Bug 581260 - color of icon to mark selected packages is not distinct enough
color of icon to mark selected packages is not distinct enough
Status: CLOSED NOTABUG
Product: Fedora
Classification: Fedora
Component: kpackagekit (Show other bugs)
13
All Linux
low Severity low
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Assigned To: Steven M. Parrish
Fedora Extras Quality Assurance
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Reported: 2010-04-11 09:00 EDT by Oded Arbel
Modified: 2010-04-11 11:53 EDT (History)
6 users (show)

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Last Closed: 2010-04-11 11:53:06 EDT
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Description Oded Arbel 2010-04-11 09:00:43 EDT
Description of problem:
In the KPackageKit software installation UI - used in the KDE desktop - packages to be installed are marked with a blue arrow while packages that are not going to be installed are marked with a gray arrow. 

The problem is that the "blue" color of the arrow is very grayish looking - the actual color code is #9FC0F2 which has high value red and green components, and with some screens that do not have very strong contrast (most low-cost LCDs) it is hard to distinguish between the colors, especially under poor lighting conditions (standard fluorescent office lights).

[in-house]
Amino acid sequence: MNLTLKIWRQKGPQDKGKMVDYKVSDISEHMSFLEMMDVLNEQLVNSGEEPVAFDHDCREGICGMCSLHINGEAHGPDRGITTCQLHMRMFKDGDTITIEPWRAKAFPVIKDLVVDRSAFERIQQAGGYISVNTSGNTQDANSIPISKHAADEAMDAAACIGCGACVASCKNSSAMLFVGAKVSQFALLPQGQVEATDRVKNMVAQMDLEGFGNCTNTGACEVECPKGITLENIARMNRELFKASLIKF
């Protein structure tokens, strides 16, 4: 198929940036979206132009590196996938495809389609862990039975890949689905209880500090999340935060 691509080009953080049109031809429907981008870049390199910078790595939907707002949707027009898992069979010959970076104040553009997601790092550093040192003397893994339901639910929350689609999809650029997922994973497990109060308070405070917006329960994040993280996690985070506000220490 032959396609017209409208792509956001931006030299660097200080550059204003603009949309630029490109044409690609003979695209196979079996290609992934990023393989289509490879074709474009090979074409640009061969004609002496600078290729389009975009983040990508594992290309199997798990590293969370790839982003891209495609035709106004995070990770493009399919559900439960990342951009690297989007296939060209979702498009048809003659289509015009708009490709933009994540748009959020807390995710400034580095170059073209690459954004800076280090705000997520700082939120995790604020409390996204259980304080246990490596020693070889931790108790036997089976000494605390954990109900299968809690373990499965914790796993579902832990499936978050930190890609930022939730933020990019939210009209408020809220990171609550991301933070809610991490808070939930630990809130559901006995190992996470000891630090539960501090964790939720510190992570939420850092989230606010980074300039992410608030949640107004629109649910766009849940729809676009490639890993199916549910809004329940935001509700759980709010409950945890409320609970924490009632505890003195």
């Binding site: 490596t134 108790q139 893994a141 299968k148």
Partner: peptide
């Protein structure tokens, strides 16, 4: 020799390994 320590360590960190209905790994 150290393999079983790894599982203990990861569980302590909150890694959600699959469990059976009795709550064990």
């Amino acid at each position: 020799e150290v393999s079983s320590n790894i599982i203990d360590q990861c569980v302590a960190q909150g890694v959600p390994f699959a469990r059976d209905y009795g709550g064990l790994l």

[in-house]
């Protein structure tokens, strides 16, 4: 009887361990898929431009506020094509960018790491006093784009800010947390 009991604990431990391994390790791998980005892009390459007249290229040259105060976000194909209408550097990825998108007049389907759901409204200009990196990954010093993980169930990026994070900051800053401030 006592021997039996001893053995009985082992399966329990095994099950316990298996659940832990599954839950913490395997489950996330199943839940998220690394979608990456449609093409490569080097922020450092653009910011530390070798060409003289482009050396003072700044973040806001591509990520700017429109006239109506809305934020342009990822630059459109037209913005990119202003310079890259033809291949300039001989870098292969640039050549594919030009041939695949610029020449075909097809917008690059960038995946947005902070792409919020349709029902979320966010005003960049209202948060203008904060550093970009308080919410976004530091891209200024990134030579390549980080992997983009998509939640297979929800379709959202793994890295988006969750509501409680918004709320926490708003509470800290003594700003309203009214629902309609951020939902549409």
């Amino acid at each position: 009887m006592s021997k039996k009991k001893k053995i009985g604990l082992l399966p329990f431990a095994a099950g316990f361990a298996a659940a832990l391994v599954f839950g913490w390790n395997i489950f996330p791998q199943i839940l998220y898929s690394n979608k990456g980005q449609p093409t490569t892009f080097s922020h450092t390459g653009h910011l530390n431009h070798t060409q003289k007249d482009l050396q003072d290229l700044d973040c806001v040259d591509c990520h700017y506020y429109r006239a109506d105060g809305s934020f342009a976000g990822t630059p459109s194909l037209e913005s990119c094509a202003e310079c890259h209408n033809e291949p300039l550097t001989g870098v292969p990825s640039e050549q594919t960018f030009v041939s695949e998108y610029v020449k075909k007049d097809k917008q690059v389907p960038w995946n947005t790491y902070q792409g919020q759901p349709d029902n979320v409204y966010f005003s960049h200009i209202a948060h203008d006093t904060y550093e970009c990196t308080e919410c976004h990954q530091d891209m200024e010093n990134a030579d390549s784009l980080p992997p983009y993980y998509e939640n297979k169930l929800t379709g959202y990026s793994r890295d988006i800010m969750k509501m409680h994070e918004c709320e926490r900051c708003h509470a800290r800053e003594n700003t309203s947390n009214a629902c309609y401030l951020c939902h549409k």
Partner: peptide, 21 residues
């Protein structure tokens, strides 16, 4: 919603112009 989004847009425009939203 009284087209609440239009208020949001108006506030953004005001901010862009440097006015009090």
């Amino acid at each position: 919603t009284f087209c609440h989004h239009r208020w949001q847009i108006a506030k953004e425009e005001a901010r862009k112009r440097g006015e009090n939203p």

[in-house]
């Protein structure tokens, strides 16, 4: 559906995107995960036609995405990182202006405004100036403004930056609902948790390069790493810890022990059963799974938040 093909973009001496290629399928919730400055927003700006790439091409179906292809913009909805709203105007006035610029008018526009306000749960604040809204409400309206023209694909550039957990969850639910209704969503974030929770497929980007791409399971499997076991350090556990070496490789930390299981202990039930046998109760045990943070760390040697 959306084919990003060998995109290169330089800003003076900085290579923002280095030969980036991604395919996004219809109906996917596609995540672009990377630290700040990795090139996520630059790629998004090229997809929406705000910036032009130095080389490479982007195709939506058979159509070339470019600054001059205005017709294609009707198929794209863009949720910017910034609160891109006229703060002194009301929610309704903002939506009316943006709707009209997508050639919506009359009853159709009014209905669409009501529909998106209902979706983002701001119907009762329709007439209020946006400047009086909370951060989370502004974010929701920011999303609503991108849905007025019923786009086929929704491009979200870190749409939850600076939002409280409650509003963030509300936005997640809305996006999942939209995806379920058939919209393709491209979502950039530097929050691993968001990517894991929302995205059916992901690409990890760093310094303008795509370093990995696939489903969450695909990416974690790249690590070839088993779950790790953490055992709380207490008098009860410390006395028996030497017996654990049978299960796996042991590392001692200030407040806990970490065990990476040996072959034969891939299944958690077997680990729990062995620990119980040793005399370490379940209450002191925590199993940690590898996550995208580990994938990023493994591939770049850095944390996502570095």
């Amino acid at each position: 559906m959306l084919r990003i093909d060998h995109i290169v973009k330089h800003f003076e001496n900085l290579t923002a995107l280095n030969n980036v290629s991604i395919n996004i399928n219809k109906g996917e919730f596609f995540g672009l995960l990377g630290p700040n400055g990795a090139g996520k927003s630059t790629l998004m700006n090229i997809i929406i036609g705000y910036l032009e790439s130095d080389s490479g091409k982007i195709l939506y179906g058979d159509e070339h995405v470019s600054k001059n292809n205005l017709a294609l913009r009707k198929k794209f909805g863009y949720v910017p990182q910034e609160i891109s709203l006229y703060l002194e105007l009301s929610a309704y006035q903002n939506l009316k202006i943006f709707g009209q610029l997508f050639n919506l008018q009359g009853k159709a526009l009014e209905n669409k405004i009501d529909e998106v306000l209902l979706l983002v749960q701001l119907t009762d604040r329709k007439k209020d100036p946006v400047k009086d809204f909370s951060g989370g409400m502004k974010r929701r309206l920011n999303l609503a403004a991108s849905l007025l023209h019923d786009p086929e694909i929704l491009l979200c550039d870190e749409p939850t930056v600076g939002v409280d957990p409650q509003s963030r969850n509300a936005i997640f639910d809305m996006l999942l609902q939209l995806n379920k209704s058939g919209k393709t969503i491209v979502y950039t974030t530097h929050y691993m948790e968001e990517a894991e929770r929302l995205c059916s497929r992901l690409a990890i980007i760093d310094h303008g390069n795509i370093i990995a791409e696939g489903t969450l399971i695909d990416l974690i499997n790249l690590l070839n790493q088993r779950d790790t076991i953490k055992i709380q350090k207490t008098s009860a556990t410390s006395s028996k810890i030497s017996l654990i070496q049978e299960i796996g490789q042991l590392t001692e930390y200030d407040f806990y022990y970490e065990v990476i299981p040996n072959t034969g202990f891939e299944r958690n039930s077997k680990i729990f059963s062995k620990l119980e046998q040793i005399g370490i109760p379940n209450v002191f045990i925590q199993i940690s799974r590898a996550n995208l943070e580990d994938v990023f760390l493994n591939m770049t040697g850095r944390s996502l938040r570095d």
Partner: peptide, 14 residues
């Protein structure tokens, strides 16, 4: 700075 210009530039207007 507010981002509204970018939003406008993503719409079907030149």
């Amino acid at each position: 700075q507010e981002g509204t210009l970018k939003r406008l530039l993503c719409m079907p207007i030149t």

Version-Release number of selected component (if applicable):
0.6.0-2
although the problem is probably due to using the go-down action icon from oxygen-icon-theme-4.4.2-1.fc13

How reproducible:
Always
Comment 1 Kevin Kofler 2010-04-11 11:53:06 EDT
Well, I'm not convinced this is a bug in the first place. If you think this is that bad a usability issue, please bring it to upstream's attention. But KPackageKit intentionally uses system icons (which are Oxygen by default), that's not likely to (and IMHO should not) change. You MIGHT be able to get the Oxygen designers to change the icon's color, but I doubt it, as Oxygen has a well-defined palette for consistency across all icons. All in all, the choice of color is the result of a global system consistency decision (using system icons for consistency with other apps, and those icons use Oxygen palette colors for consistency with other icons), sometimes global consistency requires some tradeoff in individual apps.

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